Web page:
Learn How

Help improve All About Jazz

Support All About Jazz All About Jazz needs your help and we have a deal. For $20, we'll hide those pesky Google ads and present exclusive content for a full year!

433

Evan Parker / The Transatlantic Art Ensemble: Boustrophedon

John Kelman By

Sign in to view read count
Evan Parker / The Transatlantic Art Ensemble: Boustrophedon The delineation between ECM's regular series and New Series has always been relatively clear—improvised music with the regular series, composed music on the New Series. Still, there's an increasingly substantial gray area, occupying a fuzzy space between the two.

Reedman Roscoe Mitchell's outstanding Composition/Improvisation Nos. 1, 2 & 3 (ECM, 2007) occupied that gray area, investigating the nexus where contemporary classical music and exploratory improvisation meet. Calling on the same expanded 14-piece Transatlantic Art Ensemble that Mitchell and British saxophonist Evan Parker co-created for Composition/Improvisation by cherry-picking their favorite musicians, Boustrophedon is the logical successor to Mitchell's disc, featuring Parker's sixty-minute, eight-part "Boustrophedon" suite.

Both discs share much, while occupying distinct places along the scored improvisation continuum. The detailed compositional aspect of Boustrophedon represents an anomaly in Parker's large discography. It's a complex piece that fully utilizes the Ensemble—in small subsets and in toto—with plenty of space for improvisation that, while directed to varying degrees, remains open-ended in spirit.

Boustrophedon is structured to introduce each member of the group to his transatlantic counterpart, in contexts ranging from dark and spare to turbulent and near-anarchistic, despite an ever-present underlying premise.

Even during its most powerful moments, Boustrophedon possesses a defined—albeit sometimes sketchy—roadmap. "Furrow 6" begins with a stunning soprano solo by Parker, with his signature circular breathing over an increasingly roiling foundation that is dominated by the five string players, creating a semi-chaotic but strangely trance-like ambience. When Mitchell takes over, with a visceral alto solo over a more defined rhythm, the energy ratchets up; pianist Craig Taborn's quirkily repetitive line acts as the thematic link between the two saxophonists. Percussionists Tani Tabbal and Paul Lytton work exceptionally well together, blending raw texture and relentless rhythm that dissolves into a dynamic free exchange between the two, ultimately cueing the ensemble to a scored ending.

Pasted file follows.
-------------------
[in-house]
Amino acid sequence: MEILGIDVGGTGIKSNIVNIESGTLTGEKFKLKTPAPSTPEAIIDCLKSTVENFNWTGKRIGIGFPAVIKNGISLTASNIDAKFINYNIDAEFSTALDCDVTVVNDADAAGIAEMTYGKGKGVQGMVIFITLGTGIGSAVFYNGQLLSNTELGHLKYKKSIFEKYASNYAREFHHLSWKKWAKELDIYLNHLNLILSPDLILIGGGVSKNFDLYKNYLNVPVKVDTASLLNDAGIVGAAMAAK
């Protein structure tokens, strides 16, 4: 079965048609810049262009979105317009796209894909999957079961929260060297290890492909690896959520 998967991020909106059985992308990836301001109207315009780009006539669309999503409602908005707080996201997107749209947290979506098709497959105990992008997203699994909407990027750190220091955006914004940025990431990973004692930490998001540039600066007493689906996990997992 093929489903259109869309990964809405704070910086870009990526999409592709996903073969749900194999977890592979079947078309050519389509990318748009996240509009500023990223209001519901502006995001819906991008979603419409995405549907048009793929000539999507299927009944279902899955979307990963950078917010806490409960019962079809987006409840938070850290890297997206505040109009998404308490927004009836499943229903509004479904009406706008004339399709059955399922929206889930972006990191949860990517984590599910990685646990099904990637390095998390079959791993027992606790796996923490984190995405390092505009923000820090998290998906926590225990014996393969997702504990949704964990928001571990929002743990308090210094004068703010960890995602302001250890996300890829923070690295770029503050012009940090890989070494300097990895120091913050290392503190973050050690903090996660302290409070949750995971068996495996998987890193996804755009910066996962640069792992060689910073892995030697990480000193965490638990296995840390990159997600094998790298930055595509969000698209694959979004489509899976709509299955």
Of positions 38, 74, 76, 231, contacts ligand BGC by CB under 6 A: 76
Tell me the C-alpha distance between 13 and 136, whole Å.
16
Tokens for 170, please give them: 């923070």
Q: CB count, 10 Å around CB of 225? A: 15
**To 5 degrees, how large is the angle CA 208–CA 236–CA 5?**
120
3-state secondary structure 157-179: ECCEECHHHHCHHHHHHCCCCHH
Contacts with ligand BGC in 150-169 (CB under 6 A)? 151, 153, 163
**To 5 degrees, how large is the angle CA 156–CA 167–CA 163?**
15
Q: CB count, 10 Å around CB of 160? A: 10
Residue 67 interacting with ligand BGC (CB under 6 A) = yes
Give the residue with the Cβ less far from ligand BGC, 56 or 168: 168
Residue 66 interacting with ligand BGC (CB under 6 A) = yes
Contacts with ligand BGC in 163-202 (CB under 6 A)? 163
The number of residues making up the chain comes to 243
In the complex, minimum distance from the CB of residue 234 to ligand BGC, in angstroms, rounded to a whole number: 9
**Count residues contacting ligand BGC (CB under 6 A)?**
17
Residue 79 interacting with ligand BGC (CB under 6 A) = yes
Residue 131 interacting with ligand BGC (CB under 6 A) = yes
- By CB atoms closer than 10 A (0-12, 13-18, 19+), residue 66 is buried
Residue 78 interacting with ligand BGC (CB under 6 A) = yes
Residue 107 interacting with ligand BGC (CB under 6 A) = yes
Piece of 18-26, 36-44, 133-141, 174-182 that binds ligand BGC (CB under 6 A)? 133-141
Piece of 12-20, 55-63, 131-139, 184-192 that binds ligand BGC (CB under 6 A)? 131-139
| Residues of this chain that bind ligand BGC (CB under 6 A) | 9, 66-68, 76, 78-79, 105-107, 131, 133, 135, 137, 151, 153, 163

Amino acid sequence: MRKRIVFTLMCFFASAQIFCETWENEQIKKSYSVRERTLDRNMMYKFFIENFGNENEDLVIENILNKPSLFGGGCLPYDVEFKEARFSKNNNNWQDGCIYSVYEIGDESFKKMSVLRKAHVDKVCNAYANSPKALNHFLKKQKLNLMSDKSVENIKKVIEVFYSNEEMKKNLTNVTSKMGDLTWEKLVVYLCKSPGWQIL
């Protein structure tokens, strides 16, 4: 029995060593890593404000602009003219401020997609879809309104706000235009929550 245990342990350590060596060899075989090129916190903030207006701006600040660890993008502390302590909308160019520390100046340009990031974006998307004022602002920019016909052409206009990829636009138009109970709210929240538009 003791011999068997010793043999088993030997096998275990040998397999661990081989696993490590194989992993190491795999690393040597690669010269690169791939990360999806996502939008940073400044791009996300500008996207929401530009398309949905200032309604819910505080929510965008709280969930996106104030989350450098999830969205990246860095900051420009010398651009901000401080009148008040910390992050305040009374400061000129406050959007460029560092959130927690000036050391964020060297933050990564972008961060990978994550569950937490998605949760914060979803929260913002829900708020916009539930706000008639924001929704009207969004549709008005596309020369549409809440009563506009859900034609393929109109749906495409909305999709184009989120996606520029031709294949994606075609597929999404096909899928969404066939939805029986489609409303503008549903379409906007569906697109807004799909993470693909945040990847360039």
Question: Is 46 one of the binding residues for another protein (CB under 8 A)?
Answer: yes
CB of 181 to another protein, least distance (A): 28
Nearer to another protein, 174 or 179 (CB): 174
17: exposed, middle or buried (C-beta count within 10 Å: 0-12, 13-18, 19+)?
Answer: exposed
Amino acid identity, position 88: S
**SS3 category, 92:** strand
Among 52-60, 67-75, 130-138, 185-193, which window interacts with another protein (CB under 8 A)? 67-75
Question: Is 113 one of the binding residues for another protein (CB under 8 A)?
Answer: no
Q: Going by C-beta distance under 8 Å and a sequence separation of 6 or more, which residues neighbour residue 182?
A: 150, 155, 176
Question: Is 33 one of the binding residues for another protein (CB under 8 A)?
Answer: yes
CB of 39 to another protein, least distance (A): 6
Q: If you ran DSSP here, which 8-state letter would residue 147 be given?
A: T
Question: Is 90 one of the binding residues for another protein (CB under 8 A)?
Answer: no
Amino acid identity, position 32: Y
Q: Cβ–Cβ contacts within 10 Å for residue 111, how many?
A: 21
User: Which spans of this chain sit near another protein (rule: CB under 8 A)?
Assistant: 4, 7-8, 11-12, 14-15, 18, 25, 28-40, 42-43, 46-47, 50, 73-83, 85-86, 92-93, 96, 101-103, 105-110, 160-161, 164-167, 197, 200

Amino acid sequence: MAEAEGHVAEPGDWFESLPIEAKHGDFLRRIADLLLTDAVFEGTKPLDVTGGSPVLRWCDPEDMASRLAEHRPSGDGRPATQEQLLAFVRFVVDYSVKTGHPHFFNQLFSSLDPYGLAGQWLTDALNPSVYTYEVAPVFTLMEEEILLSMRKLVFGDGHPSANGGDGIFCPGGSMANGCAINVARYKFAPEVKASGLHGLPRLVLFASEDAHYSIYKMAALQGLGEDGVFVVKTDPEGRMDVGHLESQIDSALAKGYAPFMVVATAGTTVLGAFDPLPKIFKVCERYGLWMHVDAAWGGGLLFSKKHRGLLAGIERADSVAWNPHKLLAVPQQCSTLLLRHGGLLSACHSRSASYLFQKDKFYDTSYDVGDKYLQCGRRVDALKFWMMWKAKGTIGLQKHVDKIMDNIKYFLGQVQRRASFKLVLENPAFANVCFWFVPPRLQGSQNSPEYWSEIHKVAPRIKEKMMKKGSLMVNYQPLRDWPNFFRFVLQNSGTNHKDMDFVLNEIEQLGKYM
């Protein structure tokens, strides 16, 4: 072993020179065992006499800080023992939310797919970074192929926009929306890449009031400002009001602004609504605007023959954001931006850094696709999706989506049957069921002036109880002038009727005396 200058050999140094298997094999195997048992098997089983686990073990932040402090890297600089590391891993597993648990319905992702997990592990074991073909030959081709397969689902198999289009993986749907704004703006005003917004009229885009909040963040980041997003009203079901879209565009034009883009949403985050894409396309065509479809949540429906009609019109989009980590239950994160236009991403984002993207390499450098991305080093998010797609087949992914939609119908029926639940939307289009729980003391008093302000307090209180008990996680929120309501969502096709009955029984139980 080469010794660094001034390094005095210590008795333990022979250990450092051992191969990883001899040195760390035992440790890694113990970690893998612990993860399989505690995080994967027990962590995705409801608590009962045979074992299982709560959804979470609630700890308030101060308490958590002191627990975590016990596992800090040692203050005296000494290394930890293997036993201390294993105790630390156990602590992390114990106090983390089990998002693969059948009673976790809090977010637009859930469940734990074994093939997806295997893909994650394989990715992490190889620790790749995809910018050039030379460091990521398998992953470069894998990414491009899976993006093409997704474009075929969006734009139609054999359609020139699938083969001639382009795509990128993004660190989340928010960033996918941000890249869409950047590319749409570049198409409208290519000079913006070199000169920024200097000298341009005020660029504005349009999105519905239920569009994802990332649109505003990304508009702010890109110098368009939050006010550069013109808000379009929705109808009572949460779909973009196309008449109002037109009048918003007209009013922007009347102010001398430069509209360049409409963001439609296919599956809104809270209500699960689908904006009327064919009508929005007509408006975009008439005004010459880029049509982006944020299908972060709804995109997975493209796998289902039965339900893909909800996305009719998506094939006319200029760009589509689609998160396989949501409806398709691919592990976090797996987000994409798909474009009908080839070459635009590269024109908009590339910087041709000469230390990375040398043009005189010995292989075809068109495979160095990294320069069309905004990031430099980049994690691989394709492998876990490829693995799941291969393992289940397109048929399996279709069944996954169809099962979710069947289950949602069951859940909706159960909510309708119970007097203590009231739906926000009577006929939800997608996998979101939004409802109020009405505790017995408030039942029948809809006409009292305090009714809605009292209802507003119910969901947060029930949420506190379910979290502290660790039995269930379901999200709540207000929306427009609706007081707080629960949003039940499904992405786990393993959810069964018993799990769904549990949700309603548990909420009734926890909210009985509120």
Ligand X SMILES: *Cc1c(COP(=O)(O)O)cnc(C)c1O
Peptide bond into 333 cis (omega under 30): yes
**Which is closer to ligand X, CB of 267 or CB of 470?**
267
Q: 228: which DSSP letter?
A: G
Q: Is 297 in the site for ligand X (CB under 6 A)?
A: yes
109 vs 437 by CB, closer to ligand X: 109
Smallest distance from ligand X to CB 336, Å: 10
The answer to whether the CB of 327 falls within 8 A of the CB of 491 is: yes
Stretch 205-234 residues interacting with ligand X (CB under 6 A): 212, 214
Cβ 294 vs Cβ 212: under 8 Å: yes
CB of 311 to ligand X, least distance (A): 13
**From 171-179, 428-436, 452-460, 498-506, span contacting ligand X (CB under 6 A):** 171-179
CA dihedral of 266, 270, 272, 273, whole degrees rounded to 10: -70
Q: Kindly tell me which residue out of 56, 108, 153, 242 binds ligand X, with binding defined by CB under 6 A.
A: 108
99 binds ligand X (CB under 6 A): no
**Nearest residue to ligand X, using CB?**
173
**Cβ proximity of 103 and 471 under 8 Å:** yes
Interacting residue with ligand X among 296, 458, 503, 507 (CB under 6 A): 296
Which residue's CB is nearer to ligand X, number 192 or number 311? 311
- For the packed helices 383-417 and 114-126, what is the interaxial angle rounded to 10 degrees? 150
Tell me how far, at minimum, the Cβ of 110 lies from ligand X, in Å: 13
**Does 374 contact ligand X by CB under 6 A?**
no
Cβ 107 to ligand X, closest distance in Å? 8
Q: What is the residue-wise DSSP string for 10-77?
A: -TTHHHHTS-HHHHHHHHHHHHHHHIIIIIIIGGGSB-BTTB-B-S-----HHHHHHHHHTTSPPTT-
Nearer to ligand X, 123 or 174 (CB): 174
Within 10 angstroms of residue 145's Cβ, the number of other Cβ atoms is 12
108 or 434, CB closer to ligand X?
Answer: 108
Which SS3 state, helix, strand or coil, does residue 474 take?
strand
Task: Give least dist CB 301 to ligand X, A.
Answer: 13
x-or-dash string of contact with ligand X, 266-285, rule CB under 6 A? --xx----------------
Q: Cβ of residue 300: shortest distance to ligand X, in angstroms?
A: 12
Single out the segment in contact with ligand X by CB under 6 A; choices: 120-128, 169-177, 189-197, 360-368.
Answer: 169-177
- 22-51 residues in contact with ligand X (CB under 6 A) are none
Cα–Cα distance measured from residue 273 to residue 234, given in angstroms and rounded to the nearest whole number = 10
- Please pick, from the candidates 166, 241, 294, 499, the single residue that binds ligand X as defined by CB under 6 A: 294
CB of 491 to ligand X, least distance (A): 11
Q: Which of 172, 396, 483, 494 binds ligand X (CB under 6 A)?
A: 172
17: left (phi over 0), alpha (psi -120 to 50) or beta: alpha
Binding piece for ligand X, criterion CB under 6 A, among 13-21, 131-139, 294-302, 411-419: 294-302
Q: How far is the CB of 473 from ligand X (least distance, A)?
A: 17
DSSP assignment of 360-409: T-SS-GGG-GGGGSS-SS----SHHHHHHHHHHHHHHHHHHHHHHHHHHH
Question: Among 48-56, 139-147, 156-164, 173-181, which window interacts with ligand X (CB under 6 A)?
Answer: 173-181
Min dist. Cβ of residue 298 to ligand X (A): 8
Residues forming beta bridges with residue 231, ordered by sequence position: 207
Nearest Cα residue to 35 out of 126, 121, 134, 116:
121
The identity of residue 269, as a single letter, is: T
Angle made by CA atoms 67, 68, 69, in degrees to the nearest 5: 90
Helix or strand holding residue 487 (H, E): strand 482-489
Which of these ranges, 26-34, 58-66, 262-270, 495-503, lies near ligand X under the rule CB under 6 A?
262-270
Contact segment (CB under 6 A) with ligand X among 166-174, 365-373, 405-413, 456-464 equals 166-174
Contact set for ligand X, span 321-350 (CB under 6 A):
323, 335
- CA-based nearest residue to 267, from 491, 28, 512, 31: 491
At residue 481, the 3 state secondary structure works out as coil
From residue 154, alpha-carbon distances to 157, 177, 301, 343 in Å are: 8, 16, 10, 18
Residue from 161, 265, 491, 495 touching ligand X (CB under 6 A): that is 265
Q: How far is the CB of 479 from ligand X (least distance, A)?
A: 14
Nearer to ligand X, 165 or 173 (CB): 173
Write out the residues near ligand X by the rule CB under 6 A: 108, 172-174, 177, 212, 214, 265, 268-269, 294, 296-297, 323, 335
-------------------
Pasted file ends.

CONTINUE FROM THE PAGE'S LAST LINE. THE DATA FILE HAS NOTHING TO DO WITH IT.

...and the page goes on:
There's no shortage of exceptional work all-around, but Taborn stands out as a ubiquitous player—comfortable and encyclopedically knowledgeable in any setting. His work on "Furrow 1," which provides a vehicle for the pianist and flautist Neil Metcalfe after the brief but context-setting "Overture," is nothing short of remarkable. Abstruse yet lyrical in its own way, Taborn works in this unconventional context to develop a solo that works as a self-contained entity, but also provides a vinculum between Metcalfe's ethereal segment and the composition's equally empyreal segue into "Furrow 2," a feature for violinist Philipp Wachsmann and violist Nils Bultmann.

Much of Boustrophedon may sound otherworldly, with references to Stravinsky's dramatic power and Ligeti's dissonant abstraction blending with improvised music's inherent spontaneity. Like Composition/Improvisation, it's not a suite for the faint-at-heart or the stylistic purist. Instead, Boustrophedon challenges preconception and represents a high watermark for Parker, an artist best known for untarnished extemporization, who here reveals an even broader view than ever before. Like Mitchell's Composition/Improvisation, Boustrophedon is a masterpiece, suggesting how the rich palette of the Transatlantic Art Ensemble allows its composers to freely explore without any stylistic constraints.


Track Listing: Overture; Furrow 1; Furrow 2; Furrow 3; Furrow 4; Furrow 5; Furrow 6; Finale.

Personnel: Evan Parker: soprano saxophone; Roscoe Mitchell: alto and soprano saxophone; Anders Svanoe: alto saxophone; John Rangecroft: clarinet; Neil Metcalfe: flute; Corey Wilkes: trumpet, flugelhorn; Nils Bultmann: viola; Philipp Wachsmann: violin; Marcio Mattos: cello; Craig Taborn: piano; Jaribu Shahid: double-bass; Barry Guy: double-bass; Tani Tabbal: drums, percussion, Paul Lytton: drums, percussion.

Year Released: 2008 | Record Label: ECM Records | Style: Modern Jazz


Shop

More Articles

Read Umbrella Weather CD/LP/Track Review Umbrella Weather
by Dan Bilawsky
Published: January 24, 2017
Read Born In An Urban Ruin CD/LP/Track Review Born In An Urban Ruin
by John Sharpe
Published: January 24, 2017
Read The Picasso Zone CD/LP/Track Review The Picasso Zone
by Dave Wayne
Published: January 24, 2017
Read Sanguinaria (Hopeful Songs) CD/LP/Track Review Sanguinaria (Hopeful Songs)
by Roger Farbey
Published: January 24, 2017
Read #knowingishalfthebattle CD/LP/Track Review #knowingishalfthebattle
by Mark F. Turner
Published: January 23, 2017
Read Live In Brooklyn CD/LP/Track Review Live In Brooklyn
by Roger Farbey
Published: January 23, 2017
Read "Soundscapes" CD/LP/Track Review Soundscapes
by Jim Olin
Published: July 25, 2016
Read "Never Group" CD/LP/Track Review Never Group
by Roger Farbey
Published: March 21, 2016
Read "Double Live" CD/LP/Track Review Double Live
by Karl Ackermann
Published: February 12, 2016
Read "The Incomparable Fiddler" CD/LP/Track Review The Incomparable Fiddler
by Chris Mosey
Published: March 12, 2016
Read "Proximity" CD/LP/Track Review Proximity
by Budd Kopman
Published: November 7, 2016
Read "The Drive" CD/LP/Track Review The Drive
by Roger Farbey
Published: November 16, 2016

Post a comment

comments powered by Disqus

Get Jazz Near You via email!

Enjoy the convenience of receiving a comprehensive listing of jazz events in your area every Thursday. It's free!